"Corny," Aunt Phil whispered. Then louder. "Cornelius!" It was hard to miss the note of panic in her voice. She ran into the kitchen. Cooking pots littered the floor and broken crockery was scattered everywhere. "Cornelius!" Aunt Phil called out again. "Are you here?"
They listened for a long moment, hearing nothing but echoing silence. Aunt Phil’s shoulders drooped.
There was a faint rustling behind them. "Philomena? Is that really you?"
"Cornelius!" Aunt Phil whirled around. Her face lit up with relief as the dodo emerged from under the kitchen sink. "You’re unharmed!"
"Harrumph," the dodo squawked. "If you call being browbeaten and terrorized unharmed,
I suppose you could say that."
Indeed, the bird’s feathers were all ruffled and askew. "Poor Corny!" Aunt Phil knelt down in front of him. "Here, let me have a look at you."
It seemed to Nate that Cornelius was trying to look as pathetic as possible.
"I see the boy made it back alive," the dodo sniffed.
Nate wanted to shout, Yes, I made it back, you dumb dodo!
Instead, he kicked at a tin can on the floor and said, "You’ve got a bit of rubbish stuck to your tail feathers."
Cornelius gave a small squawk of dismay. "Where?" he asked, craning his neck, trying to see his own backside.
Nate smiled in satisfaction, and Aunt Phil threw him a reproachful glance. "Nate did very well, Cornelius. I told you he would." Then she changed the subject. "Can you tell us what happened?" As she talked, her hands gently poked at Cornelius, looking for any serious damage.
"Two days ago a plane landed in the backyard. At first I thought it was you—you were late coming back, you know," he said accusingly.
"I know. We had a crisis in Africa. The basilisk escaped. Or was let loose. Your story first, then I will tell you ours."
"Just as I reached the back door to greet you, it flew open, knocked off its hinges. It caught me full on. I was lucky I wasn’t killed."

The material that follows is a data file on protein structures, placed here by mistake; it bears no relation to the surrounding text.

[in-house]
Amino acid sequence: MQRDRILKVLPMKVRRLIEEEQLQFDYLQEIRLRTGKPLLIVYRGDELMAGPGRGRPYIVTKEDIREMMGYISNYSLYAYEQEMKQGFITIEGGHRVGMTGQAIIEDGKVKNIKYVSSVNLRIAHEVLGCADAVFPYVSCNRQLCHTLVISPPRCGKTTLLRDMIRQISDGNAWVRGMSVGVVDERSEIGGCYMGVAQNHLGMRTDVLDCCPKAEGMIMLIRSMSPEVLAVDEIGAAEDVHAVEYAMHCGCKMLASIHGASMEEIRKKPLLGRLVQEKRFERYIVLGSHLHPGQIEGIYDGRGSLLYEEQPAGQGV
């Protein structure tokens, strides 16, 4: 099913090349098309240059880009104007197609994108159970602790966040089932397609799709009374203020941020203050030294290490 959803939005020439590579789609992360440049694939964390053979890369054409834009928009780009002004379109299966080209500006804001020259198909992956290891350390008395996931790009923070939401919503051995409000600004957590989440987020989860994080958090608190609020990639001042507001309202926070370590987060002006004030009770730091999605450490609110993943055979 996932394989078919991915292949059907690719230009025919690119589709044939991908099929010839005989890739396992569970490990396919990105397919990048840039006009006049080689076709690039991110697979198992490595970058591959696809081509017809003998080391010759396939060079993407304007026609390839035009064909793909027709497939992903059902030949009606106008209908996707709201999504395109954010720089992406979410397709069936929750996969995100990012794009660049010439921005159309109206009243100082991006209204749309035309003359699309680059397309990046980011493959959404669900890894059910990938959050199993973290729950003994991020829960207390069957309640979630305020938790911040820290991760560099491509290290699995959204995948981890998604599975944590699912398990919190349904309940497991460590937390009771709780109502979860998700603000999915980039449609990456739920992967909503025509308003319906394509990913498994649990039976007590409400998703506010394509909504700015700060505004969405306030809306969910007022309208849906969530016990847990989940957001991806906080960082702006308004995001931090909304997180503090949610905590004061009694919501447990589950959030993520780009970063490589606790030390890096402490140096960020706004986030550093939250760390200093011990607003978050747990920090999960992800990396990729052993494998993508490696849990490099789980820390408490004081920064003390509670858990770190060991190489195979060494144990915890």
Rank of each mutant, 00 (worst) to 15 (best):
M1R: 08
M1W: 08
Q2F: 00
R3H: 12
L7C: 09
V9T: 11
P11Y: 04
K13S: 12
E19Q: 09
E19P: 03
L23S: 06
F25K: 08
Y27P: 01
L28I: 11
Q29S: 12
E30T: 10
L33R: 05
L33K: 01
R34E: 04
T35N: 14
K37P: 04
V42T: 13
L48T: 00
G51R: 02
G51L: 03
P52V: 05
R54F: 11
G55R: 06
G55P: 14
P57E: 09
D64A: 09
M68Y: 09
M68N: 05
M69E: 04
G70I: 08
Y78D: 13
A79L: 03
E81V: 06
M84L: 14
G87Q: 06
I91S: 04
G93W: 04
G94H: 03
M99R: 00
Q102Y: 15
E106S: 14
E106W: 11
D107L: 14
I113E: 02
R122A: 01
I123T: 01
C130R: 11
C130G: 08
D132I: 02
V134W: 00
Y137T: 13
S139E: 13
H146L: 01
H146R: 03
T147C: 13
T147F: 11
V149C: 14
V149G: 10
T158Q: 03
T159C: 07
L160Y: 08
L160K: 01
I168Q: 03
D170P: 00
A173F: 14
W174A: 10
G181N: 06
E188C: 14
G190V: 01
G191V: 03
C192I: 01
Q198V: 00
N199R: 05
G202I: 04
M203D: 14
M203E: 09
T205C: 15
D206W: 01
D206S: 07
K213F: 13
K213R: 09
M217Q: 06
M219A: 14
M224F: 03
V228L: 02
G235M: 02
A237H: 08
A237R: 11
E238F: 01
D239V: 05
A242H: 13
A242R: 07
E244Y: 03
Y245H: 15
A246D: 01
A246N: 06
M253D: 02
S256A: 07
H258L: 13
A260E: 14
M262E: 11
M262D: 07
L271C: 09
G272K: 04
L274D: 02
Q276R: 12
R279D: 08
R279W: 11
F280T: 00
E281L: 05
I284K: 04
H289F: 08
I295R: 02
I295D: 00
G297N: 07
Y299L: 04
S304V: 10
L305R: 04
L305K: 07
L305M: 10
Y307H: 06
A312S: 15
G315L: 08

"Indeed," Aunt Phil murmured comfortingly.
"The blow knocked me to the ground and stunned me. That worked to my advantage, actually. The intruder didn’t notice me until later, and then he thought I was stuffed. I’m quite sure that’s what saved my life." The dodo paused, eliciting another dose of sympathy from Aunt Phil.
"Then the blackguard searched the house from top to bottom. Inside and out. He never gave a single thought as to what a mess he was making or what he was destroying, as you can see." Nate’s rucksack rustled and he felt Greasle stick her head out so she could hear better.
"Was he alone?" Aunt Phil asked.
"Yes. After searching the entire house, he left. Empty handed, I might add. Whatever he was searching for, he didn’t find. I then dragged myself to the nearest hiding place and waited until it was safe to come out."
"For two whole days?" Nate asked.
The dodo fixed Nate with a baleful glare. "They say criminals always return to the scene of the crime. It seemed best to be on the safe—what,
" he asked, seeing Greasle for the first time, "is that?
Aunt Phil waved his question aside. "A gremlin. I’ll explain later. Did you get a look at the intruder?" Aunt Phil asked.
"I’ll say. For three hours, as he ransacked the house, I had nothing to do but
look at him. I hardly dared blink for fear he’d realize I wasn’t stuffed." He sniffed again. "As if a beastologist would own a stuffed animal of any sort."
"Well, what did he look like?" Aunt Phil asked, a trace of impatience creeping into her voice.